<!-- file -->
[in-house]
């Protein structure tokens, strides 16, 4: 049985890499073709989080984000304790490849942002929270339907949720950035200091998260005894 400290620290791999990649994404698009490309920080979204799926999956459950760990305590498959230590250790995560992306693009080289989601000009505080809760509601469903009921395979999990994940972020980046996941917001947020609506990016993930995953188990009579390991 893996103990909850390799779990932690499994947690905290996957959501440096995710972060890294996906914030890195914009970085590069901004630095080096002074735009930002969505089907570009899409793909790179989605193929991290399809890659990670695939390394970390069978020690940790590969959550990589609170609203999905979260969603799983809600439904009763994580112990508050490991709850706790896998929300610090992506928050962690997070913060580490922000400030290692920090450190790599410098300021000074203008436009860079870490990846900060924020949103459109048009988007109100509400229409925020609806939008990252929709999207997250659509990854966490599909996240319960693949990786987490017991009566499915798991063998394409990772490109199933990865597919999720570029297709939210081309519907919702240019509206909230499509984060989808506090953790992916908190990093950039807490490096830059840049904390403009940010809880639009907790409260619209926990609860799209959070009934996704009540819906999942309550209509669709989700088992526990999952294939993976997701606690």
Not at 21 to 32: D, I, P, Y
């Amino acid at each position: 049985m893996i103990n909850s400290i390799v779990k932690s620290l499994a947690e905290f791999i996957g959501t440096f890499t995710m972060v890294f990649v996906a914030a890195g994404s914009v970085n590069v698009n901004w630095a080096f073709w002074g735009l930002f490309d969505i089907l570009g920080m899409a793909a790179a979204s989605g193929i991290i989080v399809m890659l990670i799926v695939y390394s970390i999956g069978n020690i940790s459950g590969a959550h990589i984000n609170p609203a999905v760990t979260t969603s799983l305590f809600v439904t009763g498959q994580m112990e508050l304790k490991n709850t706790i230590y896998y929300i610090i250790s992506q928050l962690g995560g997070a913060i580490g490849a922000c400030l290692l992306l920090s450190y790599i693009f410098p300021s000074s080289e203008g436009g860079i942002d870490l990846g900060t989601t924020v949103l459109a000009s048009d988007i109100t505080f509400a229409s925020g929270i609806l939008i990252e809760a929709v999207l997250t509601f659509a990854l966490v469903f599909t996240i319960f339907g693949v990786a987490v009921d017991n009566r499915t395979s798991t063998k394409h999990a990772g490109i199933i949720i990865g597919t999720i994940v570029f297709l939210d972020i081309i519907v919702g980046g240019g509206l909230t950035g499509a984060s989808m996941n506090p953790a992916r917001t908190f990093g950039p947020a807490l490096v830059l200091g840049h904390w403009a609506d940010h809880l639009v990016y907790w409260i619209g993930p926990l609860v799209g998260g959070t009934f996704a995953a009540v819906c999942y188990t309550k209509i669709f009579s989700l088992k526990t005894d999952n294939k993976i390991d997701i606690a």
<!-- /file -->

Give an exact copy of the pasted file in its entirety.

[in-house]
């Protein structure tokens, strides 16, 4: 049985890499073709989080984000304790490849942002929270339907949720950035200091998260005894 400290620290791999990649994404698009490309920080979204799926999956459950760990305590498959230590250790995560992306693009080289989601000009505080809760509601469903009921395979999990994940972020980046996941917001947020609506990016993930995953188990009579390991 893996103990909850390799779990932690499994947690905290996957959501440096995710972060890294996906914030890195914009970085590069901004630095080096002074735009930002969505089907570009899409793909790179989605193929991290399809890659990670695939390394970390069978020690940790590969959550990589609170609203999905979260969603799983809600439904009763994580112990508050490991709850706790896998929300610090992506928050962690997070913060580490922000400030290692920090450190790599410098300021000074203008436009860079870490990846900060924020949103459109048009988007109100509400229409925020609806939008990252929709999207997250659509990854966490599909996240319960693949990786987490017991009566499915798991063998394409990772490109199933990865597919999720570029297709939210081309519907919702240019509206909230499509984060989808506090953790992916908190990093950039807490490096830059840049904390403009940010809880639009907790409260619209926990609860799209959070009934996704009540819906999942309550209509669709989700088992526990999952294939993976997701606690």
Not at 21 to 32: D, I, P, Y
């Amino acid at each position: 049985m893996i103990n909850s400290i390799v779990k932690s620290l499994a947690e905290f791999i996957g959501t440096f890499t995710m972060v890294f990649v996906a914030a890195g994404s914009v970085n590069v698009n901004w630095a080096f073709w002074g735009l930002f490309d969505i089907l570009g920080m899409a793909a790179a979204s989605g193929i991290i989080v399809m890659l990670i799926v695939y390394s970390i999956g069978n020690i940790s459950g590969a959550h990589i984000n609170p609203a999905v760990t979260t969603s799983l305590f809600v439904t009763g498959q994580m112990e508050l304790k490991n709850t706790i230590y896998y929300i610090i250790s992506q928050l962690g995560g997070a913060i580490g490849a922000c400030l290692l992306l920090s450190y790599i693009f410098p300021s000074s080289e203008g436009g860079i942002d870490l990846g900060t989601t924020v949103l459109a000009s048009d988007i109100t505080f509400a229409s925020g929270i609806l939008i990252e809760a929709v999207l997250t509601f659509a990854l966490v469903f599909t996240i319960f339907g693949v990786a987490v009921d017991n009566r499915t395979s798991t063998k394409h999990a990772g490109i199933i949720i990865g597919t999720i994940v570029f297709l939210d972020i081309i519907v919702g980046g240019g509206l909230t950035g499509a984060s989808m996941n506090p953790a992916r917001t908190f990093g950039p947020a807490l490096v830059l200091g840049h904390w403009a609506d940010h809880l639009v990016y907790w409260i619209g993930p926990l609860v799209g998260g959070t009934f996704a995953a009540v819906c999942y188990t309550k209509i669709f009579s989700l088992k526990t005894d999952n294939k993976i390991d997701i606690a």